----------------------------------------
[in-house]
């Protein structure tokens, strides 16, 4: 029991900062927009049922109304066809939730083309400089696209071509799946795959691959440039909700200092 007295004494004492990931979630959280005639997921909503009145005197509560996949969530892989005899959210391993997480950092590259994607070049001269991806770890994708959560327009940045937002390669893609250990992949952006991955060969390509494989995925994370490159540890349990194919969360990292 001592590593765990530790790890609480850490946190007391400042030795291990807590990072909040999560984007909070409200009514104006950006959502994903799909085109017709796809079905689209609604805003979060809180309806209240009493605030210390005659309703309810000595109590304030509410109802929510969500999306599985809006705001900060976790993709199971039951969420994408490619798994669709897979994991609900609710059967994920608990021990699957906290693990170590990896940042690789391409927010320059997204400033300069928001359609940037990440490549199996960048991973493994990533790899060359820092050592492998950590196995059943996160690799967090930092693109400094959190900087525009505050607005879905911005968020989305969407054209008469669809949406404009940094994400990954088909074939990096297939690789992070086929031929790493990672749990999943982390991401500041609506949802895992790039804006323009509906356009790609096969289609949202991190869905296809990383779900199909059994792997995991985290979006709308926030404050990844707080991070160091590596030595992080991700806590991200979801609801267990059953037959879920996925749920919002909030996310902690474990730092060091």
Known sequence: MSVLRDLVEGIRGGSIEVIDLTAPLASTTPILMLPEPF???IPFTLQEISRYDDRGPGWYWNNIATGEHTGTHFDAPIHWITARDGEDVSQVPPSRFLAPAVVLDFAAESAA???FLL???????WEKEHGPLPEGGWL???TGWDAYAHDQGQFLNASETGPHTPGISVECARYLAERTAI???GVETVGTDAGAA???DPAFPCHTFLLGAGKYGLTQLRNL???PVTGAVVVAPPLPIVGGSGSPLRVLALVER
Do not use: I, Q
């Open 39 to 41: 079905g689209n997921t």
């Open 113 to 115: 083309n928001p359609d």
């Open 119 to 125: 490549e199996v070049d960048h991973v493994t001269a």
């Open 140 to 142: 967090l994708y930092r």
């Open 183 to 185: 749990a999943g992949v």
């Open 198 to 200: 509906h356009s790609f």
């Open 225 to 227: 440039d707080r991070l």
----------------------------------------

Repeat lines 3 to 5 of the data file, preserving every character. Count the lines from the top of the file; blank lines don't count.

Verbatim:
Known sequence: MSVLRDLVEGIRGGSIEVIDLTAPLASTTPILMLPEPF???IPFTLQEISRYDDRGPGWYWNNIATGEHTGTHFDAPIHWITARDGEDVSQVPPSRFLAPAVVLDFAAESAA???FLL???????WEKEHGPLPEGGWL???TGWDAYAHDQGQFLNASETGPHTPGISVECARYLAERTAI???GVETVGTDAGAA???DPAFPCHTFLLGAGKYGLTQLRNL???PVTGAVVVAPPLPIVGGSGSPLRVLALVER
Do not use: I, Q
């Open 39 to 41: 079905g689209n997921t």